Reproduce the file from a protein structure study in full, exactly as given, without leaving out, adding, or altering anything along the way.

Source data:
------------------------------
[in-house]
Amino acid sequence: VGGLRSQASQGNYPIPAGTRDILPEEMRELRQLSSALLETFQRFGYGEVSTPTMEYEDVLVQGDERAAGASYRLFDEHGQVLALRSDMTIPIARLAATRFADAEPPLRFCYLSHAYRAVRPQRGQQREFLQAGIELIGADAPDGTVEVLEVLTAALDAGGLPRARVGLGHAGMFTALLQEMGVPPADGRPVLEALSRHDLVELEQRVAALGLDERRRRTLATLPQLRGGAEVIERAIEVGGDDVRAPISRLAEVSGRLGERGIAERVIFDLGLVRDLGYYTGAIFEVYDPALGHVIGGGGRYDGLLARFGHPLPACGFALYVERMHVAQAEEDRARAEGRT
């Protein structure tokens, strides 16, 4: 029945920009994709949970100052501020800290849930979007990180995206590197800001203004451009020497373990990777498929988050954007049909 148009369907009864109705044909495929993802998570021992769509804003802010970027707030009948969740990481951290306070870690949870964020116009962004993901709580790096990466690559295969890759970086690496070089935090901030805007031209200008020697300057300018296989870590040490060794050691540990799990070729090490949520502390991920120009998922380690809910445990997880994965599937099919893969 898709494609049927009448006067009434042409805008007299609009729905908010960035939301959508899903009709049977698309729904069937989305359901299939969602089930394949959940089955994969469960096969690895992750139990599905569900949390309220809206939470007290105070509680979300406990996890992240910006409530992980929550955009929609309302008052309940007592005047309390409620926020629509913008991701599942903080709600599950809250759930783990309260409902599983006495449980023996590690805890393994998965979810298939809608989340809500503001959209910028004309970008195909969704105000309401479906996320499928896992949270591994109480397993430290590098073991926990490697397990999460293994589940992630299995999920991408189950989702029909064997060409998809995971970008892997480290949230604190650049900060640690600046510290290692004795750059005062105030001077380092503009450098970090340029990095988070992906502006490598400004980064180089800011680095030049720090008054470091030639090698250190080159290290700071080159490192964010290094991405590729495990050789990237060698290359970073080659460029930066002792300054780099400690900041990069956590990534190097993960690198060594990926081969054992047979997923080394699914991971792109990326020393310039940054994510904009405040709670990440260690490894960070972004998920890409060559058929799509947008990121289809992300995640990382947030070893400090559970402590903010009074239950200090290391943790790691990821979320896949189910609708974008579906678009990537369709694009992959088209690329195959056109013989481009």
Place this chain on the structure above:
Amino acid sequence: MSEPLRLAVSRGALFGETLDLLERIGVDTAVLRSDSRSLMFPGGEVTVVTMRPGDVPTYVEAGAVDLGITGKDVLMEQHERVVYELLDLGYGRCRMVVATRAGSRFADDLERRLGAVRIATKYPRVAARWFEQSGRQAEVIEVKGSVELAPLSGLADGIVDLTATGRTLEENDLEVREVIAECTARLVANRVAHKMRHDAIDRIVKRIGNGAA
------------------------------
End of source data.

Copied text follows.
[in-house]
Amino acid sequence: VGGLRSQASQGNYPIPAGTRDILPEEMRELRQLSSALLETFQRFGYGEVSTPTMEYEDVLVQGDERAAGASYRLFDEHGQVLALRSDMTIPIARLAATRFADAEPPLRFCYLSHAYRAVRPQRGQQREFLQAGIELIGADAPDGTVEVLEVLTAALDAGGLPRARVGLGHAGMFTALLQEMGVPPADGRPVLEALSRHDLVELEQRVAALGLDERRRRTLATLPQLRGGAEVIERAIEVGGDDVRAPISRLAEVSGRLGERGIAERVIFDLGLVRDLGYYTGAIFEVYDPALGHVIGGGGRYDGLLARFGHPLPACGFALYVERMHVAQAEEDRARAEGRT
């Protein structure tokens, strides 16, 4: 029945920009994709949970100052501020800290849930979007990180995206590197800001203004451009020497373990990777498929988050954007049909 148009369907009864109705044909495929993802998570021992769509804003802010970027707030009948969740990481951290306070870690949870964020116009962004993901709580790096990466690559295969890759970086690496070089935090901030805007031209200008020697300057300018296989870590040490060794050691540990799990070729090490949520502390991920120009998922380690809910445990997880994965599937099919893969 898709494609049927009448006067009434042409805008007299609009729905908010960035939301959508899903009709049977698309729904069937989305359901299939969602089930394949959940089955994969469960096969690895992750139990599905569900949390309220809206939470007290105070509680979300406990996890992240910006409530992980929550955009929609309302008052309940007592005047309390409620926020629509913008991701599942903080709600599950809250759930783990309260409902599983006495449980023996590690805890393994998965979810298939809608989340809500503001959209910028004309970008195909969704105000309401479906996320499928896992949270591994109480397993430290590098073991926990490697397990999460293994589940992630299995999920991408189950989702029909064997060409998809995971970008892997480290949230604190650049900060640690600046510290290692004795750059005062105030001077380092503009450098970090340029990095988070992906502006490598400004980064180089800011680095030049720090008054470091030639090698250190080159290290700071080159490192964010290094991405590729495990050789990237060698290359970073080659460029930066002792300054780099400690900041990069956590990534190097993960690198060594990926081969054992047979997923080394699914991971792109990326020393310039940054994510904009405040709670990440260690490894960070972004998920890409060559058929799509947008990121289809992300995640990382947030070893400090559970402590903010009074239950200090290391943790790691990821979320896949189910609708974008579906678009990537369709694009992959088209690329195959056109013989481009």
Place this chain on the structure above:
Amino acid sequence: MSEPLRLAVSRGALFGETLDLLERIGVDTAVLRSDSRSLMFPGGEVTVVTMRPGDVPTYVEAGAVDLGITGKDVLMEQHERVVYELLDLGYGRCRMVVATRAGSRFADDLERRLGAVRIATKYPRVAARWFEQSGRQAEVIEVKGSVELAPLSGLADGIVDLTATGRTLEENDLEVREVIAECTARLVANRVAHKMRHDAIDRIVKRIGNGAA